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To Die or Not to Die? Lessons From Lesion Mimic Mutants


To Die or Not to Die? Lessons From Lesion Mimic Mutants

Quentin Bruggeman et al. Front Plant Sci.


Programmed cell death (PCD) is a ubiquitous genetically regulated process consisting in an activation of finely controlled signaling pathways that lead to cellular suicide. Although some aspects of PCD control appear evolutionary conserved between plants, animals and fungi, the extent of conservation remains controversial. Over the last decades, identification and characterization of several lesion mimic mutants (LMM) has been a powerful tool in the quest to unravel PCD pathways in plants. Thanks to progress in molecular genetics, mutations causing the phenotype of a large number of LMM and their related suppressors were mapped, and the identification of the mutated genes shed light on major pathways in the onset of plant PCD such as (i) the involvements of chloroplasts and light energy, (ii) the roles of sphingolipids and fatty acids, (iii) a signal perception at the plasma membrane that requires efficient membrane trafficking, (iv) secondary messengers such as ion fluxes and ROS and (v) the control of gene expression as the last integrator of the signaling pathways.

Keywords: genetics approaches; immunity responses; lesion mimic mutants; plant; programmed cell death.


Figure 1
Figure 1
Simplified representation of the tetrapyrrole biosynthesis pathway and chlorophyll catabolism into the chloroplast. Factors disrupted in LMM are indicated in red whereas factor disrupted in suppressors of LMM are in green. ACD1/PAO1/LLS1, Accelerated cell death 1/Pheophorbide a oxygenase/Lethal leaf spot1; ACD2/RCCR, Accelerated cell death 2/Red chlorophyll catabolite reductase; ChlS, Chlorophyll synthase; FC, Fe chelatase; FLU, Fluorescent; GLU-TR, Glutamyl-tRNA reductase; LES22/UROD, Lesion 22/Uroporphyrinogen III decarboxylase; LIN2/CPO, Lesion initiation 2/Coproporphyrinogen III oxidase; Mg-Ch, Mg chelatase; OEP16-1, Outer plastid envelope protein 16-1; PBS, Phytochromobilin synthase; PORA, NADPH-protochlorophyllide oxidoreductase; PPO, Protoporphyrinogen IX oxidase; RUG1/PGBD, Rugosa 1/Porphobilinogen deaminase; ULF3/HY1, FLU3 written backwards/Heme oxygenase 1; UPM, Uroporphyrinogen III methylase; UROS, Uroporphyrinogen III synthase.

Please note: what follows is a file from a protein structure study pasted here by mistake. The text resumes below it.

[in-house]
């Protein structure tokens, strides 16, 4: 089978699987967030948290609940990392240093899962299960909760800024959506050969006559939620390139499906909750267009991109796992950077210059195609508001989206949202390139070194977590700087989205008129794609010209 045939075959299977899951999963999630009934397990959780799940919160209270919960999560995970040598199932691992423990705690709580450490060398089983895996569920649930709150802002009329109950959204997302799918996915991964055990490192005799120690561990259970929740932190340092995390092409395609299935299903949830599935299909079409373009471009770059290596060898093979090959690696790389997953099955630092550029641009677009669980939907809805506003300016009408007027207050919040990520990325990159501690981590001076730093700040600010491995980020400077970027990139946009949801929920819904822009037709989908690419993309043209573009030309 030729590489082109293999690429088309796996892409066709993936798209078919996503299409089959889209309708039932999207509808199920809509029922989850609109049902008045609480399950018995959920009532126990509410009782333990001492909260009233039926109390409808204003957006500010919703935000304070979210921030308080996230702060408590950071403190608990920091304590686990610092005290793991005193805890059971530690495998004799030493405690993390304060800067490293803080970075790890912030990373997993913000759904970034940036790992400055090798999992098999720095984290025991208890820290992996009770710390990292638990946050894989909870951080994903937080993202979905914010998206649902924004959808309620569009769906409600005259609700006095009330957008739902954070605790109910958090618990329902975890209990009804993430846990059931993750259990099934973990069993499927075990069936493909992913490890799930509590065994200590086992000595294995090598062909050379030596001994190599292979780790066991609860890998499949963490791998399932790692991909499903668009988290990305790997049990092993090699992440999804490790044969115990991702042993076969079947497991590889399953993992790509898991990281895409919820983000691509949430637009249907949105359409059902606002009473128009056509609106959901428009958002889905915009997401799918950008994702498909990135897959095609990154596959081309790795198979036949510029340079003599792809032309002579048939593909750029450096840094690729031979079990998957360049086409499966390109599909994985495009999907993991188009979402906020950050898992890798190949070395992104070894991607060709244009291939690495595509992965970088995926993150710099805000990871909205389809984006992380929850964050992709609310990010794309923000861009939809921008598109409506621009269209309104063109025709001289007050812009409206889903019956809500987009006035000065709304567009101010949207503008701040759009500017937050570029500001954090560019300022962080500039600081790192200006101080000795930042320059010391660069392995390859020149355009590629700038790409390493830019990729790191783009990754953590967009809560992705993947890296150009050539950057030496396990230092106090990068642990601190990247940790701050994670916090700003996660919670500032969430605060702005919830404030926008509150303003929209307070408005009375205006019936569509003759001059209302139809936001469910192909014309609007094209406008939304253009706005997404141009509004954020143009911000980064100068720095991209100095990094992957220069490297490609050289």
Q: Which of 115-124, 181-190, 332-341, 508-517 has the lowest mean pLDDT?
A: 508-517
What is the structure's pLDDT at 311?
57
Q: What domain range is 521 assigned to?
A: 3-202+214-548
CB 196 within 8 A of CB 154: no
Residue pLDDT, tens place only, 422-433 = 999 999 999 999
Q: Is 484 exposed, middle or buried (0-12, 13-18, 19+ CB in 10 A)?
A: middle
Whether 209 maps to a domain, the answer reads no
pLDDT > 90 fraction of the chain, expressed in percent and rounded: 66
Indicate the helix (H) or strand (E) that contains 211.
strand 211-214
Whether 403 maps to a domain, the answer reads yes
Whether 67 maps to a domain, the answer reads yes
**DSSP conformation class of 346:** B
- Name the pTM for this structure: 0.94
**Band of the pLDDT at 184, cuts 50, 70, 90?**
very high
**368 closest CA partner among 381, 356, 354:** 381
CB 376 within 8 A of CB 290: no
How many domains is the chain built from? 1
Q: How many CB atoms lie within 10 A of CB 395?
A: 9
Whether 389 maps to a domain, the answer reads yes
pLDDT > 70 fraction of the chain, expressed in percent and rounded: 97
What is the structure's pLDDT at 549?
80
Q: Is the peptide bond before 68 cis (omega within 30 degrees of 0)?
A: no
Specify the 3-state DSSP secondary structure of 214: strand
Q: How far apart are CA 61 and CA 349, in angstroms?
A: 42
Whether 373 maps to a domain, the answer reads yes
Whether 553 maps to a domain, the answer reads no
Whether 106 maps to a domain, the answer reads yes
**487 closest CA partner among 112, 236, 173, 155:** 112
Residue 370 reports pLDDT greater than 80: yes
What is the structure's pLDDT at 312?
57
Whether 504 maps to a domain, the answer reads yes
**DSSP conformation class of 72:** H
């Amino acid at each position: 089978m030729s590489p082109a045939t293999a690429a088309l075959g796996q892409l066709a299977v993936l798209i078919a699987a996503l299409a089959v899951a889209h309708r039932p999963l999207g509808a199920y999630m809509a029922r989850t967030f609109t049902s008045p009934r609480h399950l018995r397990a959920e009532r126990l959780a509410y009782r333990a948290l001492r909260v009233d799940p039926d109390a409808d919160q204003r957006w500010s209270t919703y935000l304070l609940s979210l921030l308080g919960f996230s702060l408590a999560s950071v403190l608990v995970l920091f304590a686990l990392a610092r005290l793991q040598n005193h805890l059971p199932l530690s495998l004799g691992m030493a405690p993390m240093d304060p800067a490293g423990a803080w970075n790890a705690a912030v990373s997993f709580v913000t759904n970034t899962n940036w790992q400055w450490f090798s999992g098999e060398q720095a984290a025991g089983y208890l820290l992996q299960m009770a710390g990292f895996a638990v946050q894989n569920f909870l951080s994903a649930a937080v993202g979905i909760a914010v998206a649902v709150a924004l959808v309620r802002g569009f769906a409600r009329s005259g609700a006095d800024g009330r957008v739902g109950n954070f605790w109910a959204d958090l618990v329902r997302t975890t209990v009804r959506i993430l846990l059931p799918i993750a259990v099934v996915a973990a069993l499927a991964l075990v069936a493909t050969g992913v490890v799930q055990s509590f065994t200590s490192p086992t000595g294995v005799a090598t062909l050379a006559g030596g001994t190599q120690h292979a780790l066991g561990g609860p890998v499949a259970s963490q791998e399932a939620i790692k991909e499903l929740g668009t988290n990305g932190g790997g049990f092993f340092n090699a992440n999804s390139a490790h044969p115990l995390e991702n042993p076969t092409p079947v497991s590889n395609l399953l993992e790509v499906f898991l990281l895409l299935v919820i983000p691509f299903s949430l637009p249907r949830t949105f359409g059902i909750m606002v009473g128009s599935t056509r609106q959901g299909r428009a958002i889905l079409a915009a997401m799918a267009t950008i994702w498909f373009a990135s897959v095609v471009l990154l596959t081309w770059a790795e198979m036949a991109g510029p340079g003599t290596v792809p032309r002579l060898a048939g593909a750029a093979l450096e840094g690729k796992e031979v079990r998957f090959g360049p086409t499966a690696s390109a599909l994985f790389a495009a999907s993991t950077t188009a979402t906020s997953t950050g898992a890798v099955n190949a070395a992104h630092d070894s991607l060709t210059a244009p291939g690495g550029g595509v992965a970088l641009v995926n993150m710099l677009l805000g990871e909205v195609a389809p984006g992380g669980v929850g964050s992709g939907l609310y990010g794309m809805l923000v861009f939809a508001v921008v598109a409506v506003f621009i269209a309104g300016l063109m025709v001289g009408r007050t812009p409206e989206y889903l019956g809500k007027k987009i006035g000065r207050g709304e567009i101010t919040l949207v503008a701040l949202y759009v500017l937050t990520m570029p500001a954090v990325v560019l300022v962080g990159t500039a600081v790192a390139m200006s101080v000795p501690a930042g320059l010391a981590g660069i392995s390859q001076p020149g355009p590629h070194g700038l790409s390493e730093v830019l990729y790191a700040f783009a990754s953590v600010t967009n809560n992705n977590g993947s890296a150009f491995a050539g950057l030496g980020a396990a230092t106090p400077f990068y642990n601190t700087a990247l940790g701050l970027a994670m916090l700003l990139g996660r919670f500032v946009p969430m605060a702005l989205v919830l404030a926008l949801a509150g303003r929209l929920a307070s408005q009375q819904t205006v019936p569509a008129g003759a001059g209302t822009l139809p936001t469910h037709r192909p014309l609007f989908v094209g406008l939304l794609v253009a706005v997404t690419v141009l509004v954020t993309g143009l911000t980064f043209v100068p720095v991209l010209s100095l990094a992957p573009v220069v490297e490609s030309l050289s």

Figure 2
Figure 2
Simplified representation of sphingolipid metabolism in plants. The de novo biosynthesis of ceramides occurs in the endoplasmic reticulum and synthesis of more complex sphingolipids occurs in the Golgi. Sphingosine and phytosphingosine are both referred in the text as Long-chain Basis (LCB). Factors disrupted in LMM are indicated in red. AAL, Alternaria alternata f. sp. lycopersici; ACD5/11, Accelerated cell death 5/11, are a ceramide kinase and a ceramide-1-phosphate transporter, respectively; ERH1/IPCS2, Enhancing RPW8-mediated HR-like cell death 1/Inositolphosphoceramide synthase 2; FB1, Fumosin B1; LCB1/2a/2b, Long-chain base 1/2a/2b, are subunits which form the Serine palmitol-transferase; LOH1/2/2 Lag one homolog1/2/3, are ceramide synthases; MIPS1, Myo-inositol-1-phosphate synthase; PIS, Phosphatidylinositol synthase; SBH, Sphingoid base hydroxylase; SphK, Sphingosin kinase.

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